As the grieving continued for the two young children who died locked in a car Thursday, authorities took custody of their siblings yesterday and acted on several fronts to find out how the children came to be in the car and whether D.C. police response was adequate.

Autopsy results showed that Iesha Elmore, 4, and her 2-year-old brother, Clendon, died from "exposure to extensive heat, critical hyperthermia" and "asphyxia by suffocation," said Linda Wharton-Boyd, public information officer for the D.C. Department of Human Resources. "While in the car, they ran out of oxygen."

She said chemical tests to verify the cause of death would not be completed for several weeks.

There was no sign of foul play, according to a police source familiar with the case, who said "there is nothing so far to contradict" what Rose Elmore, the children's mother, has told police about realizing her children were missing, searching for them and finding them in a locked car on a cruelly hot afternoon.

However, as the police department's homicide and youth services divisions continued their investigation of the children's deaths and whether neglect played any part, three siblings of the two dead children were removed from their mother's custody in a hearing yesterday in D.C. Superior Court. The children -- ages 6, 5 and 7 months -- were placed with their paternal grandparents pending the outcome of the investigation.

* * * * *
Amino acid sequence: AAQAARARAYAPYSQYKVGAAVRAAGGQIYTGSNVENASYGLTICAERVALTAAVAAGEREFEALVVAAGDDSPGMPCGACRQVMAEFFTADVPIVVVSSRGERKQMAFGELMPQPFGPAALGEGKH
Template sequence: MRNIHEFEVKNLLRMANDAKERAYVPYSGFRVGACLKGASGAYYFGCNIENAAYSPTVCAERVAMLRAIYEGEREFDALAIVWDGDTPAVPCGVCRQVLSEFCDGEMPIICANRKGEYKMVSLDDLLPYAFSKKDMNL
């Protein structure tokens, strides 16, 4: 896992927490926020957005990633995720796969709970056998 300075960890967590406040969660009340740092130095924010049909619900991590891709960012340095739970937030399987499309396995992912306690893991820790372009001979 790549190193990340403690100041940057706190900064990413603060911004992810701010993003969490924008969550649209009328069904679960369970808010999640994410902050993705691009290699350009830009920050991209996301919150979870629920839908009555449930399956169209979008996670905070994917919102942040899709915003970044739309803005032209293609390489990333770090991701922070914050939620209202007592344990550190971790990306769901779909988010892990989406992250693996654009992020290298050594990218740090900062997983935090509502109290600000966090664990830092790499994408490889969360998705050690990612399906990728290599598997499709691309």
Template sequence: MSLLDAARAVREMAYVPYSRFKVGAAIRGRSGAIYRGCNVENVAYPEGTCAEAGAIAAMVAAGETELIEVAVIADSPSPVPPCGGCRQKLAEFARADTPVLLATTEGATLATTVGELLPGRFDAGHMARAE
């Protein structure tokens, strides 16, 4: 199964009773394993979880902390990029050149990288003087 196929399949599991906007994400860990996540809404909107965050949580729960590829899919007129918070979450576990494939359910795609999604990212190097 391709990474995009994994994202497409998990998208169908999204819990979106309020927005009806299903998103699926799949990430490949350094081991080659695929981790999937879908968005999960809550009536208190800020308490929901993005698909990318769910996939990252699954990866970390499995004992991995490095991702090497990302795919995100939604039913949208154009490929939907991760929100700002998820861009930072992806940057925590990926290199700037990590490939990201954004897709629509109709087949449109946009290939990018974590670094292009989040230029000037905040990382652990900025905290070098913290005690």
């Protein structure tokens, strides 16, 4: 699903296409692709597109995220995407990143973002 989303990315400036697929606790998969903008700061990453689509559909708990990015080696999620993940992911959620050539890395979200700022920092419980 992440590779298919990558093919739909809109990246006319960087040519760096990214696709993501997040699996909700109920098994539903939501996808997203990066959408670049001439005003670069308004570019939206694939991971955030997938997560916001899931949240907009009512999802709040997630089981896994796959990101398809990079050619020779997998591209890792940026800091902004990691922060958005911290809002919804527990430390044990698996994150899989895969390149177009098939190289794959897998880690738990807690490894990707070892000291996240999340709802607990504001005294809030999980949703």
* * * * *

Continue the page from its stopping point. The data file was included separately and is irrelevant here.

Meanwhile, Acting D.C. Police Chief Larry D. Soulsby ordered an investigation into residents' complaints that police did not act properly when called to the Southeast Washington neighborhood where the two children were found. The children were pulled unresponsive from a red Pontiac Fiero sports car parked in the 200 block of 37th Place SE by a bystander who had smashed a window. The children were pronounced dead at D.C. General Hospital 90 minutes later after doctors tried to revive them. A police source said it is highly probable that the children were dead when removed from the car.